In a world of Pinterest boards, Cuisine magazines and Food TV it can be easy to forget the simple joy of whipping up a much loved family recipe from years of old. When you flick through the handwritten notebooks in mine, my mother’s and my grandmothers’ kitchens, you know that the dirtiest pages indicate the best recipes.
These recipes aren’t simply about food. They carry with them the treasured memories of standing on a stool to reach the mixing bowl, wearing a too-big apron, with sleeves rolled up to elbows. Or the final, modest but comforting lunch cooked for bymy grandmother in the farmhouse kitchen before she retired to a small unit in town. These dishes bring comfort and ease to my modern life: wrapped up in the love of the strong women in my family who nurtured me in their kitchens, fed me and warmed me, these are the recipes they shared with me which inspire me to carry on the tradition of feeding and nourishing those around me.
Nan’s Sticky Black Gingerbread: Handwritten and posted to me as a child
Sarah’s Quick Quiche: from my Aunt’s flatting days to mine, to my current life as a quick and wholesome lunchbox filler as I head back to work.
Cheese Souffle: The farmstyle lunch my grandmother always used to cook us when we visited her, with crusty edges and tomato sauce. The one she cooked when my husband and I made that final visit to the family farmhouse before helping to move her to town. Handwritten for the recipe book presented to me at my bridal kitchen tea.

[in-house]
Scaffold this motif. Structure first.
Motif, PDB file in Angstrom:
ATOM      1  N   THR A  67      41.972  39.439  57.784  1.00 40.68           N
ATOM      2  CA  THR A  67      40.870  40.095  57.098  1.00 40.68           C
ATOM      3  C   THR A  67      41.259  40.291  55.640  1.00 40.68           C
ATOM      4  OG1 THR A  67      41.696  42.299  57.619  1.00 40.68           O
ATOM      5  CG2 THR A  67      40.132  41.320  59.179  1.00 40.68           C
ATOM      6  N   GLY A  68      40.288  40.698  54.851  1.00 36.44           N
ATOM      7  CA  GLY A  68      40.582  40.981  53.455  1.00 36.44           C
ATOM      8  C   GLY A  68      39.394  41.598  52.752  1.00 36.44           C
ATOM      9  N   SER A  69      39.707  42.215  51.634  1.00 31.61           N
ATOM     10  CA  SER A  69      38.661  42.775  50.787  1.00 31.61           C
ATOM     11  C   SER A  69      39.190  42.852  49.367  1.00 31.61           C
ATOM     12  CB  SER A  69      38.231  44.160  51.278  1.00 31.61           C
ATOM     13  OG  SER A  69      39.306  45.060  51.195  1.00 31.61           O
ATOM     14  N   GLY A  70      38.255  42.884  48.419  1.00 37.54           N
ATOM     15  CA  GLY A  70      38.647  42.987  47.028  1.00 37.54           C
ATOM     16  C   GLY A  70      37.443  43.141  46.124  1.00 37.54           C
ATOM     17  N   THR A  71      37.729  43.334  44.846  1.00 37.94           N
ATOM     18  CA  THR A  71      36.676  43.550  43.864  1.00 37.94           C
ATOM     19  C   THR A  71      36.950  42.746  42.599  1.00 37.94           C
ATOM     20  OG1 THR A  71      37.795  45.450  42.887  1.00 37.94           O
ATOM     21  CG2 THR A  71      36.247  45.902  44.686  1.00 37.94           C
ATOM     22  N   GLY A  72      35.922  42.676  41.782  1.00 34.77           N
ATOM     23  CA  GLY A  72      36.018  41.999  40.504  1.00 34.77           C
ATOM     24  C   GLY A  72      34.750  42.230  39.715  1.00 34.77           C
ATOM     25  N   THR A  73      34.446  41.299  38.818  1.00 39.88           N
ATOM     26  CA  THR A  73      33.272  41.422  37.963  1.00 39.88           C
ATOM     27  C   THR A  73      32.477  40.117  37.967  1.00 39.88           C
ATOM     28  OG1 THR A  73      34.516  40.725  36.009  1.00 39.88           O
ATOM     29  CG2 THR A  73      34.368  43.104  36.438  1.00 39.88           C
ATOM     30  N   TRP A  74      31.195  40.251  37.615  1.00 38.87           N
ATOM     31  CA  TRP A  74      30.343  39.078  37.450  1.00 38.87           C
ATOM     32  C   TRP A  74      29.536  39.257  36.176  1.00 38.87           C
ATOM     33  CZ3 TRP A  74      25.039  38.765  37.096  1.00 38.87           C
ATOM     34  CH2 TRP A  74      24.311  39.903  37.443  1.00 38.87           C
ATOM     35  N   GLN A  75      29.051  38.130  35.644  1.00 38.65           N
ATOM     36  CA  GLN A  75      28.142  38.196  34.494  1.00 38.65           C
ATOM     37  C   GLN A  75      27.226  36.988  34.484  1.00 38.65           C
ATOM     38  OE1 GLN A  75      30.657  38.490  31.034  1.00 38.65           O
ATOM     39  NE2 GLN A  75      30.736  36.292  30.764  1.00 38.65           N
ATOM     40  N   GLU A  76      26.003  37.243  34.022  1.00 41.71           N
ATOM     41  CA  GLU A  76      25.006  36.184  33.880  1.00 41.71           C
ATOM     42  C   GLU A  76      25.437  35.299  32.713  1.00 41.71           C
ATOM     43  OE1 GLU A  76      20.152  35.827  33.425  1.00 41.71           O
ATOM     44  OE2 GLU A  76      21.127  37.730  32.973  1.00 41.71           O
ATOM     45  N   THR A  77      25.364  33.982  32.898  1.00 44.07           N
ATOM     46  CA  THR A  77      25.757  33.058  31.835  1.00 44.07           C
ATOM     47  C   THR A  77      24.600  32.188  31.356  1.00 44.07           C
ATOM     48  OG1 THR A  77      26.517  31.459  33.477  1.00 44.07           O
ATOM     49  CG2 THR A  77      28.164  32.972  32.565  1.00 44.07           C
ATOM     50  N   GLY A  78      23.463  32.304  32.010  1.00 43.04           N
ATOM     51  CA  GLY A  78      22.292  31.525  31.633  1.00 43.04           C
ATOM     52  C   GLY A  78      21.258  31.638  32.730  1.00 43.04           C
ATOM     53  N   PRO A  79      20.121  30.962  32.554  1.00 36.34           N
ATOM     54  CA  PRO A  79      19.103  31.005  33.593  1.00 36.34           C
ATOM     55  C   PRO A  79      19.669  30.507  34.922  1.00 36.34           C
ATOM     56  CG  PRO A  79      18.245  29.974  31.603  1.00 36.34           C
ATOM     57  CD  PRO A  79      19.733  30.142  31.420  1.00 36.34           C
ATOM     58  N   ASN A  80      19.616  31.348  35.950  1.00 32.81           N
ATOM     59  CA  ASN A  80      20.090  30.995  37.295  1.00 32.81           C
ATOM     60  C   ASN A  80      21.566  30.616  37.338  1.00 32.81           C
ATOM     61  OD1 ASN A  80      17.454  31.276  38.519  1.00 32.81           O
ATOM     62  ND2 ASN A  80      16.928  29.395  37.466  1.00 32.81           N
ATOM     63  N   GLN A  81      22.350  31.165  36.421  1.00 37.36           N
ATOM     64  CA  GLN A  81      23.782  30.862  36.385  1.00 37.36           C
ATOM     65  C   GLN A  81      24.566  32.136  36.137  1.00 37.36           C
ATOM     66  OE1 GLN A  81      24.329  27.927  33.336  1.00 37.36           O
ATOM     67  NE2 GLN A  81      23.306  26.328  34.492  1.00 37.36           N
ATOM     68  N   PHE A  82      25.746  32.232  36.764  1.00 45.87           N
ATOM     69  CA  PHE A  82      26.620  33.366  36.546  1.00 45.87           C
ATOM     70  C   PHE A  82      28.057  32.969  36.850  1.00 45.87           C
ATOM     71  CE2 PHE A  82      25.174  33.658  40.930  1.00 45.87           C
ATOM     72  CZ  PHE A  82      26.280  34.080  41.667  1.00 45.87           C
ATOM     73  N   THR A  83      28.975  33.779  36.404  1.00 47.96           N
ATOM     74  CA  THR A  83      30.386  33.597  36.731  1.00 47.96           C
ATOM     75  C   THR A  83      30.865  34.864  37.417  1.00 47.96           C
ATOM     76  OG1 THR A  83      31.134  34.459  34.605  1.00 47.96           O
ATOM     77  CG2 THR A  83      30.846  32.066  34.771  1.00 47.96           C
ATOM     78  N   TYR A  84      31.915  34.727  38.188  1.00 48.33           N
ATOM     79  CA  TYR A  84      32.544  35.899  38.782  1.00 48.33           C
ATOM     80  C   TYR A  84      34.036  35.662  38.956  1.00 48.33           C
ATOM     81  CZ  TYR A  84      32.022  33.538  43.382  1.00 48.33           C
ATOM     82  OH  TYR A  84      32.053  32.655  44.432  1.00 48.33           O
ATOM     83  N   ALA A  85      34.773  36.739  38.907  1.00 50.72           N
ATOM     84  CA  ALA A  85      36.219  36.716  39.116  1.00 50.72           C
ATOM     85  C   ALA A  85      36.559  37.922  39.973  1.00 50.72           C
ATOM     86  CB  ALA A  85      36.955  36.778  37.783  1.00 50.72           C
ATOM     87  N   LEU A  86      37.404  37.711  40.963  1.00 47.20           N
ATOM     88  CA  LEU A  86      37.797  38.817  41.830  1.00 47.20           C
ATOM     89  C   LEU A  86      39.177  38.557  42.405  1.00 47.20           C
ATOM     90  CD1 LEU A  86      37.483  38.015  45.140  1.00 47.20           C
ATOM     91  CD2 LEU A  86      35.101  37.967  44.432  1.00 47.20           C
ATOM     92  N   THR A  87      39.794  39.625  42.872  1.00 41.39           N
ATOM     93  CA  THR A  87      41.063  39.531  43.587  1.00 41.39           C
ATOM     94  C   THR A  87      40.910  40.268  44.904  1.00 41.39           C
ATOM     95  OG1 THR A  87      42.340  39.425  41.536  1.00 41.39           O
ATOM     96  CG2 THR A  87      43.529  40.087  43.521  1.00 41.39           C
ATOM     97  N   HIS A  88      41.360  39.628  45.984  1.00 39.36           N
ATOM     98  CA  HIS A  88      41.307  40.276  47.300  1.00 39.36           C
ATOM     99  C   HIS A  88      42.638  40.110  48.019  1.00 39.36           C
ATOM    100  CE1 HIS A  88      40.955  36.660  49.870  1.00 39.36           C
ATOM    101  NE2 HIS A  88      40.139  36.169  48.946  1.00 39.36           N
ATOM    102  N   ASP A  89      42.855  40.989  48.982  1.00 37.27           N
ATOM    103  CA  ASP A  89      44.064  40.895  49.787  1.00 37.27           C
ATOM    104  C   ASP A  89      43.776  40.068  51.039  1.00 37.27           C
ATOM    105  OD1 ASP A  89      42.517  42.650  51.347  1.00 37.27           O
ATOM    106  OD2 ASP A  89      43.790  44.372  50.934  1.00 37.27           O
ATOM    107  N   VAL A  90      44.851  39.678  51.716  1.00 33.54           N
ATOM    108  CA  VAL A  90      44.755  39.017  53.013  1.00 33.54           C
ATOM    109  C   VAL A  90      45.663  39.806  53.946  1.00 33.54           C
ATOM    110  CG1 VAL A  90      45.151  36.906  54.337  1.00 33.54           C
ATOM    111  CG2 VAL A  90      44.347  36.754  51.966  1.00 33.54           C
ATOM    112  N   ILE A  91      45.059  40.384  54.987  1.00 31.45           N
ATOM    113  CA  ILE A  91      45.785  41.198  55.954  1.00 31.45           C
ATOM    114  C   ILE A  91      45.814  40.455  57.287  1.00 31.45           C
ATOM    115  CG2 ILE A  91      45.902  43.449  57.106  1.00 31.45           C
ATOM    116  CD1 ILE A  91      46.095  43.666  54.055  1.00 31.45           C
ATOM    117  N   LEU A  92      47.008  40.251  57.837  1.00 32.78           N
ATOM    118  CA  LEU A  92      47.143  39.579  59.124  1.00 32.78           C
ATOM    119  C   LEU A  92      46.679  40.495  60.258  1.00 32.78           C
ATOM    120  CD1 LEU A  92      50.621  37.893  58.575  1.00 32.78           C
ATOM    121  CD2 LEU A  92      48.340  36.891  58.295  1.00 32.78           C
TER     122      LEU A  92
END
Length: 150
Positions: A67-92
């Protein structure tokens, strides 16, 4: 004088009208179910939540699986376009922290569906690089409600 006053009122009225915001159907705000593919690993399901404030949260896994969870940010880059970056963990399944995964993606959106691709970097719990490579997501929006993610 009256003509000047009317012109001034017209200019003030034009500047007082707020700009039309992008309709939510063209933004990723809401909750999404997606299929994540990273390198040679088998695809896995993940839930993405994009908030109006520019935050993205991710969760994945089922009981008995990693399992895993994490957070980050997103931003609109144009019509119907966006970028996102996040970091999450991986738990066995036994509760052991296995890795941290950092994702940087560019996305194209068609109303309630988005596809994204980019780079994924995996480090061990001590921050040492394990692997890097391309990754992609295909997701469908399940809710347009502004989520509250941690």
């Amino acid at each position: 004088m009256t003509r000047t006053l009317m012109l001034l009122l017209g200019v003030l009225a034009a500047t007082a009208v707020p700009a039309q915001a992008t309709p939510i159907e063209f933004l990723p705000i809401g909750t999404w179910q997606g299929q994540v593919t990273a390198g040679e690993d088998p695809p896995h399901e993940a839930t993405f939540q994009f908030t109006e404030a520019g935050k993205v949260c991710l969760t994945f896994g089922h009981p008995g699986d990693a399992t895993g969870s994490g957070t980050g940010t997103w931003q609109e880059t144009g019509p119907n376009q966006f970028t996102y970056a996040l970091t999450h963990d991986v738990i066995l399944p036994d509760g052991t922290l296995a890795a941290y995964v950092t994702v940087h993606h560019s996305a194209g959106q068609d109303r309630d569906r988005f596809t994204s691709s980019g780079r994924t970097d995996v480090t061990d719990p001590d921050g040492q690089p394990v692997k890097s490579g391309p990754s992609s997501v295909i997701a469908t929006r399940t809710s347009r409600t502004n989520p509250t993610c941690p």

Pru’s Mum’s Carrot Cake: Via my mum, and baked for every birthday in the last 10 years – works especially well Gluten Free. This one was hand written for Mum’s bridal kitchen tea, by her best friend Pru’s mother.
You won’t find these in a Dish or Delicious magazine. More likely, these are the recipes that appeared in Country Women’s Insitute notebooks up and down the country in years gone by. I hope you enjoy them as much as I do. And don’t forget about the simple gift you can give by simply passing on one of your own treasured family recipes.
Enjoy! The Undomesticated Goddess.